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“You can’t please everyone all the time.”

You probably first heard this quote when you were a child, from a trusted adult who was trying to free you of the burden of trying to be everything to everyone.

In business, it sure would be nice if this quote weren’t true. But the harsh reality is that you aren’t equally pleasing to all your customers.

If you have supreme confidence that every single one of your customers is deeply satisfied, it’s just because you aren’t hearing from the dissatisfied ones. According to Lee Resources, for every customer complaint you receive, there are 26 more customers who are unhappy but never complain. Or, at least, they don’t complain to you. The White House Office of Consumer Affairs reports that a dissatisfied customer will tell anywhere between 9 and 15 people about their experience. 13% of dissatisfied customers will tell 20 or more people.

And with the Internet, just one of those conversations can have exponential impact. You don’t have to imagine what happens if a bad review or Tweet goes viral, because those examples surround us every day, harming brand reputation and ultimately contributing to business losses.

The best customer loyalty ideas and outcomes originate when you accept that not everyone will be happy all the time. This allows you to anticipate and understand the events that make customers happy or unhappy, put procedures into place so employees know how to respond, and celebrate customers for sticking with you and growing the relationship. Those steps are the three keys to long term customers. In the list below we explore each step in turn.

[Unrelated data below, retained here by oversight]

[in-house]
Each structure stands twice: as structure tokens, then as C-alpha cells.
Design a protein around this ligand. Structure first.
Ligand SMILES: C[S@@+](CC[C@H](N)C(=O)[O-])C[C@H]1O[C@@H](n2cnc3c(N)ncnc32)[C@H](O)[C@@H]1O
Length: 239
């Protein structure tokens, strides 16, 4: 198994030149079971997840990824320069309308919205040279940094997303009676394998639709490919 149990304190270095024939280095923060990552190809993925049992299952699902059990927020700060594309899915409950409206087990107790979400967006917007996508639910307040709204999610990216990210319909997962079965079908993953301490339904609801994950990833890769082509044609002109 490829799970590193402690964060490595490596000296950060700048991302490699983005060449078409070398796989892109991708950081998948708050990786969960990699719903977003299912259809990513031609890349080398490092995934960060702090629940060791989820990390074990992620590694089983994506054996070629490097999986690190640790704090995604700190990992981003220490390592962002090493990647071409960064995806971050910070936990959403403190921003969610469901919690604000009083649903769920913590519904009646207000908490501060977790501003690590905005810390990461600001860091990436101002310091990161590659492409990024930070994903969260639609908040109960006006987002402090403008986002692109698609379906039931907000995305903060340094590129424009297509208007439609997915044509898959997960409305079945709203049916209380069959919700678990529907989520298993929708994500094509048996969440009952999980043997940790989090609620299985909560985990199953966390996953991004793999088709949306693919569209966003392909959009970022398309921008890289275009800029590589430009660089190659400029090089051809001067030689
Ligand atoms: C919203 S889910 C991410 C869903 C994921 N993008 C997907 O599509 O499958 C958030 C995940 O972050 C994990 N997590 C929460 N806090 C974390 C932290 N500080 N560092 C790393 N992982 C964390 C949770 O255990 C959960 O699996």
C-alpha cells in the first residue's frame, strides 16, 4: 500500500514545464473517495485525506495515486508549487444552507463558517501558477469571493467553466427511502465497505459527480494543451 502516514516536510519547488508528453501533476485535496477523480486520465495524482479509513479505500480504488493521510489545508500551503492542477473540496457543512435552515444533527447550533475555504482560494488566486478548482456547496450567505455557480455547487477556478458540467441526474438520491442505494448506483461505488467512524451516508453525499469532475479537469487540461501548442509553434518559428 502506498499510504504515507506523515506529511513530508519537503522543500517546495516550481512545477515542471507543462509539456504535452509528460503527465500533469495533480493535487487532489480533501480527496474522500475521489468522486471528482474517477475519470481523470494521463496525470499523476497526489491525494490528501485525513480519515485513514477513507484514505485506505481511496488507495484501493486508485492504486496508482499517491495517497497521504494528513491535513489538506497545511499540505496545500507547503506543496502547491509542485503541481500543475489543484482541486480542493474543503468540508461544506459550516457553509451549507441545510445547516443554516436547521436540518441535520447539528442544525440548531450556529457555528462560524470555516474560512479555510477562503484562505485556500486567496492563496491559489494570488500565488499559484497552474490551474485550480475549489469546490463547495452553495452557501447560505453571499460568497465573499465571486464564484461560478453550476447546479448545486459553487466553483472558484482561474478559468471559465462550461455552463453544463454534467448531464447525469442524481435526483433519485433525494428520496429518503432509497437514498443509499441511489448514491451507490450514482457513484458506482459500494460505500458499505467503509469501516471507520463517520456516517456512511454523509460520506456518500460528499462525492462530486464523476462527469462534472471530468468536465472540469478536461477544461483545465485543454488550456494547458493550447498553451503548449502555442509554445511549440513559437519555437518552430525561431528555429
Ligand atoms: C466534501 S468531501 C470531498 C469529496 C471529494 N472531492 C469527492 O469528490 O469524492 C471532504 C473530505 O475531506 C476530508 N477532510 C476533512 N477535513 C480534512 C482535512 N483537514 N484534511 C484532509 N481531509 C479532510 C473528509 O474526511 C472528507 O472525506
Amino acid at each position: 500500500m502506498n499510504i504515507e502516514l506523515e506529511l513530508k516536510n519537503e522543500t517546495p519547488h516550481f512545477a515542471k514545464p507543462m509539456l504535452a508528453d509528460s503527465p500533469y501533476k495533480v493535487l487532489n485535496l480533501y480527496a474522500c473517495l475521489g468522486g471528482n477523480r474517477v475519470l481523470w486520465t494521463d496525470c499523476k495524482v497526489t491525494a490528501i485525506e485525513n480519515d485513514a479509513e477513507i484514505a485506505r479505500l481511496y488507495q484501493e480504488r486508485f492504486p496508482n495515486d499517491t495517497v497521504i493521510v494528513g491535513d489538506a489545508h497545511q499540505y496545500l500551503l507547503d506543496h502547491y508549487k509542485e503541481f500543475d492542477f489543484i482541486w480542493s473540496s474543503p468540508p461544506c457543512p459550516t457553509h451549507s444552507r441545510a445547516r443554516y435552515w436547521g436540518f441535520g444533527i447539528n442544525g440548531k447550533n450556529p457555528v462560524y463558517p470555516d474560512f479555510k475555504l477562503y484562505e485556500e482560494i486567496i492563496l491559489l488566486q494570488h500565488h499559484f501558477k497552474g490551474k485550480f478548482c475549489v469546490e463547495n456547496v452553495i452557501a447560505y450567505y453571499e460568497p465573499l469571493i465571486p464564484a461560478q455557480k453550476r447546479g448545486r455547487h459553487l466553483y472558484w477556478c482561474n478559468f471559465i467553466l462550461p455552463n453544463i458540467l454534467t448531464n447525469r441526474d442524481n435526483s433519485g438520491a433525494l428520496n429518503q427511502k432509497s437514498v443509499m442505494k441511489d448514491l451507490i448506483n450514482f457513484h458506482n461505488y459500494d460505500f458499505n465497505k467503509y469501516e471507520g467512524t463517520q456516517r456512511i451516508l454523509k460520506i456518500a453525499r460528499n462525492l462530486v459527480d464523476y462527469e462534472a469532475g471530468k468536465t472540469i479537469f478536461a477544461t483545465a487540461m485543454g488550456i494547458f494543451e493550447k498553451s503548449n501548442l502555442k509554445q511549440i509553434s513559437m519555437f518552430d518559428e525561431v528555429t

1. Make Customer Retention a Priority

Every customer’s long-term relationship with your company is defined by a series of inflection points. These are the touchpoints where customers will need more from you. This could be more information, additional services, reminders about maintenance, or troubleshooting.

These inflection points aren’t just an opportunity for you to understand your customers better, but also part of your responsibility to recognize and initiate. Even when these inflection points are triggered by something in your customer’s world, it is part of building loyalty for your employees to reach out. This will look different for different companies. A financial services provider might schedule employee outreach according to a specific timeline based around events like tax season or quarterly statements. A software provider, on the other hand, might reach out based on different less-predictable situations like when the client makes a new hire or an important update being released.